Automatic Cleaning and Scheduling of PostgreSQL Rotate Tables — Constraints and Triggers

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Background

Time series scenarios usually have the following requirements:

1) Expired historical data must automatically clear up as fast as possible to prevent write-ahead logging (WAL). Either the drop or truncate method can be used.

2) PG supports partition tables. It is better to use partitions. However, this requires the constant creation of partitions. Currently, pg_pathman automatically creates partitions. But partitions aren't automatically deleted.

So, now the critical question is how to proceed ahead?

Method

Let’s take a look at the proposed solution to fix the issue raised in the preceding section:

1) Specify a fixed number of partition tables (similar to list partitions) in a period. For example, there’s a need for 24 tables ending with hours, 7 weekly tables, and 60 minute-based tables.

2) Trigger and clean (truncate) old data based on data insertion time.

This method fixes the written code without necessitating any further changes and creates all the necessary data tables at one time.

Example

Step 1) Create all detailed partition tables required in a period. Create a total of six tables, each for 10 minutes as shown below.

create table t1_0 (id int, info text, crt_time timestamp, check (substring(to_char(crt_time,'yyyymmddhh24miss'), 11, 1)='0'));    
create table t1_1 (id int, info text, crt_time timestamp, check (substring(to_char(crt_time,'yyyymmddhh24miss'), 11, 1)='1'));
create table t1_2 (id int, info text, crt_time timestamp, check (substring(to_char(crt_time,'yyyymmddhh24miss'), 11, 1)='2'));
create table t1_3 (id int, info text, crt_time timestamp, check (substring(to_char(crt_time,'yyyymmddhh24miss'), 11, 1)='3'));
create table t1_4 (id int, info text, crt_time timestamp, check (substring(to_char(crt_time,'yyyymmddhh24miss'), 11, 1)='4'));
create table t1_5 (id int, info text, crt_time timestamp, check (substring(to_char(crt_time,'yyyymmddhh24miss'), 11, 1)='5'));

Step 2) Create a constraint table or a scheduling table (because it’s not possible to trigger a truncate event for each record). Also, clean data generated more than 10 minutes ago at every 10-minute interval as shown below.

create table t_const(crt_time timestamp primary key);

Step 3) Create a trigger for the partition table, truncate data by period, and write the data into the constraint table.

create or replace function tg() returns trigger as $$  
declare
begin
insert into t_const values (to_timestamp(substring(to_char(NEW.crt_time,'yyyymmddhh24miss'), 1, 11)||'000','yyyymmddhh24miss')) on conflict (crt_time) do nothing;
return null;
end;
$$ language plpgsql strict;

create trigger tg1 after insert on t1_0 for each row execute procedure tg();
create trigger tg1 after insert on t1_1 for each row execute procedure tg();
create trigger tg1 after insert on t1_2 for each row execute procedure tg();
create trigger tg1 after insert on t1_3 for each row execute procedure tg();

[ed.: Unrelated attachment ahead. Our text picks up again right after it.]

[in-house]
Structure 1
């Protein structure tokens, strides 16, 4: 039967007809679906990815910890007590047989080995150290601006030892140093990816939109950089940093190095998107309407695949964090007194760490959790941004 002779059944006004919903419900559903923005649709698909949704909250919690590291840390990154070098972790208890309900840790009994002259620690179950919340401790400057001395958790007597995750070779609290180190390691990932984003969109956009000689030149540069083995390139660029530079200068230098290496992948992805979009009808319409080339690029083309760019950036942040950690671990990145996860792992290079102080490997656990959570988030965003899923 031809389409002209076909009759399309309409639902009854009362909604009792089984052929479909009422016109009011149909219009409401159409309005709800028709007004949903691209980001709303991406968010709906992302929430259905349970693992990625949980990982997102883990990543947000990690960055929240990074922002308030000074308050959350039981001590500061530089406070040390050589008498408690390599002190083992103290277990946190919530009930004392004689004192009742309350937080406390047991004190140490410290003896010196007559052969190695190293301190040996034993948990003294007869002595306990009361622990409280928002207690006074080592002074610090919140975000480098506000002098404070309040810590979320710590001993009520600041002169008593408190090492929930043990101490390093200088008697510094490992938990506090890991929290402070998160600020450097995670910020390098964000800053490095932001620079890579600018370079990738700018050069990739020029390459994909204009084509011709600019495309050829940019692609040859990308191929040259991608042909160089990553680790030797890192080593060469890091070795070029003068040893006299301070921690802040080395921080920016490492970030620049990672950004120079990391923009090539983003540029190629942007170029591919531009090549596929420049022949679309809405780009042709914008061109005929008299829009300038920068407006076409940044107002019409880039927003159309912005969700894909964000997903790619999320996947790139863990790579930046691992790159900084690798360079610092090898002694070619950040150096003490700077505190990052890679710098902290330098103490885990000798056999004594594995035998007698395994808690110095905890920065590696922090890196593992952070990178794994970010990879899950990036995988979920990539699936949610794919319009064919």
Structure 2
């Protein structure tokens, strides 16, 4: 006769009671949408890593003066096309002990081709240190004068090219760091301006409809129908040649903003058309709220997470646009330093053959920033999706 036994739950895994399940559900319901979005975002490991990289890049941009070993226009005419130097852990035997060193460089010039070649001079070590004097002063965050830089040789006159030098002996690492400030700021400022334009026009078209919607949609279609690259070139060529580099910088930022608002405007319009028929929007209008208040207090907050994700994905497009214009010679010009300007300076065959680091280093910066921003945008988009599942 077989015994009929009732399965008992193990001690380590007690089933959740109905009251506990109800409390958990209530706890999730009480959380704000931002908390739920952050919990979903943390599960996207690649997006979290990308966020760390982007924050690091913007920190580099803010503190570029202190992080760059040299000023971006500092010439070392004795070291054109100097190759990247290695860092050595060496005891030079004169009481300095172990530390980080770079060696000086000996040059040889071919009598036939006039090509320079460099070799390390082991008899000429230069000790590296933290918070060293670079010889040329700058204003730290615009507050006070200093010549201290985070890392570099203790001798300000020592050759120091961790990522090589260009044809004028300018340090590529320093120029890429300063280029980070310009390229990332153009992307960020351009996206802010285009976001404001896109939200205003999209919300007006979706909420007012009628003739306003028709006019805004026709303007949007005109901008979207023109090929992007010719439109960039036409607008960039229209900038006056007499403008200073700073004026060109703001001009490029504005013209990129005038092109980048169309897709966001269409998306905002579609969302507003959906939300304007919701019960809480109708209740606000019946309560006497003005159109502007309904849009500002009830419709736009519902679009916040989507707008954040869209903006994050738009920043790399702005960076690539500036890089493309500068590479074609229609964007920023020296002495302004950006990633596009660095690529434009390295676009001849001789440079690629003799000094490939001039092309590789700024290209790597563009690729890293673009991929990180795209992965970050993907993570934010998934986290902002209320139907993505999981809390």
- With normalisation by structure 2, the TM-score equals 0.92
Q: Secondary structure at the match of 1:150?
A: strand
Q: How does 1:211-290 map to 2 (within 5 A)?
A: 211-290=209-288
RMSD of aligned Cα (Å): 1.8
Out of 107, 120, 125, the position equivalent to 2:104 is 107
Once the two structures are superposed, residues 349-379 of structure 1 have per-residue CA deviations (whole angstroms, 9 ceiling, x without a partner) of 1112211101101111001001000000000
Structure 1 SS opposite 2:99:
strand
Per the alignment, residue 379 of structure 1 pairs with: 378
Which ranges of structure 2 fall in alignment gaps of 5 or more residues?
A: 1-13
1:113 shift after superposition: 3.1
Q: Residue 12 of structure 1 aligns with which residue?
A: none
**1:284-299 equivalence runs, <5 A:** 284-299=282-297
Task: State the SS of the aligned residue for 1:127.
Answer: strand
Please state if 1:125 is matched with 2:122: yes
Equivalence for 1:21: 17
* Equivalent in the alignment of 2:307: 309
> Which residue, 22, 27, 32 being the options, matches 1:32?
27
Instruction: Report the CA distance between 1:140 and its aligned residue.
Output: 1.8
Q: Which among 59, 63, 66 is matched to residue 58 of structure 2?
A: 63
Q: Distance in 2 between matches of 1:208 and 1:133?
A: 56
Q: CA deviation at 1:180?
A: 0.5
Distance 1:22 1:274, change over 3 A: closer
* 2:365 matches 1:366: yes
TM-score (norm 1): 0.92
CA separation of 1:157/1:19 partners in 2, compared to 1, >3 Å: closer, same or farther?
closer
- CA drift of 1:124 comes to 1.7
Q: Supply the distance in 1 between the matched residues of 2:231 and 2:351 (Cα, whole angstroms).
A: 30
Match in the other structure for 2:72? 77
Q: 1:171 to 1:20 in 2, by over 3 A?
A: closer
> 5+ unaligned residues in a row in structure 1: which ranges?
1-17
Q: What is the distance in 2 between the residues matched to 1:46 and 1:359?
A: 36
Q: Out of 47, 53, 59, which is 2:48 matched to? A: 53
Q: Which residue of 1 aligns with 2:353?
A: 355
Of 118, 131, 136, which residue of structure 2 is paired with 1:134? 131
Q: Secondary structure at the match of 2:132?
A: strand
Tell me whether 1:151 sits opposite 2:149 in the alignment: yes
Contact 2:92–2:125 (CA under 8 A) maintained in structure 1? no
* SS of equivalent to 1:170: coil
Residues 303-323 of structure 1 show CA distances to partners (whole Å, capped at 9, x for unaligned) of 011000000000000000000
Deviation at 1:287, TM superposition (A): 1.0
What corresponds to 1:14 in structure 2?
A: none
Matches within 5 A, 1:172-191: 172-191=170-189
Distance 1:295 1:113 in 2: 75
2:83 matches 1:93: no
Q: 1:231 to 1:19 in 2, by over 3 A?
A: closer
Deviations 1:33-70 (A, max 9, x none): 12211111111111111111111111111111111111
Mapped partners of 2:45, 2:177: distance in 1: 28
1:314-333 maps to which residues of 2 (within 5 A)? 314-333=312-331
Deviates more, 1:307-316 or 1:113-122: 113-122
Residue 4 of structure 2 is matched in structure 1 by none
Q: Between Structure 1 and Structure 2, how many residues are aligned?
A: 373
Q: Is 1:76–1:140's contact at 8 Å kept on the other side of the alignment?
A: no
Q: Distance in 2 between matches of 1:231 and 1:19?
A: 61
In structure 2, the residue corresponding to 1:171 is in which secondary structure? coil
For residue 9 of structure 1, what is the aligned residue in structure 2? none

create trigger tg1 after insert on t1_4 for each row execute procedure tg();
create trigger tg1 after insert on t1_5 for each row execute procedure tg();

Step 4) Execute the following commands to create a constraint table trigger to trigger the rules for cleaning detailed partitions.

create or replace function tg_truncate() returns trigger as $$  
declare
suffix int := substring(to_char(NEW.crt_time,'yyyymmddhh24miss'), 11, 1)::int;
begin
set lock_timeout = '1s';

for i in 0..5 loop
if i=suffix then
continue;
end if;

if suffix=0 and i=5 then
continue;
end if;

if i=suffix-1 then
continue;
end if;

execute 'truncate t1_'||i;

raise notice 'truncated %', 't1_'||i;
end loop;


return null;
end;
$$ language plpgsql strict;
create trigger tg1 after insert on t_const for each row execute procedure tg_truncate();

With this the automatic cleanup is complete! Do give a try yourself.

The following snippet displays the automatic cleanup.

postgres=# insert into t1_0 values (1,now(),'2018-01-02 10:00:40');  
NOTICE: truncated t1_1
NOTICE: truncated t1_2
NOTICE: truncated t1_3
NOTICE: truncated t1_4
INSERT 0 1

If data is written to the same partition later, automatic cleanup will not be triggered. This complies with requirements. Automatic cleanup is triggered only by the first piece of written data.

postgres=# insert into t1_0 values (1,now(),'2018-01-02 10:00:40');  
INSERT 0 1
postgres=# insert into t1_0 values (1,now(),'2018-01-02 10:01:50');
INSERT 0 1

Summary

Data can be stored by partition. If you use a native partition table, a shared lock is added to the primary table and all its partitions during data writing, and hence the user cannot perform truncate. We recommend using the pg_pathman partition or directly write data into a partition.

Also, note that the truncate method prevents WAL log generation during data cleanup, and hence triggers are used to enable automatic data cleanup.

References

Note: The above articles are in Chinese

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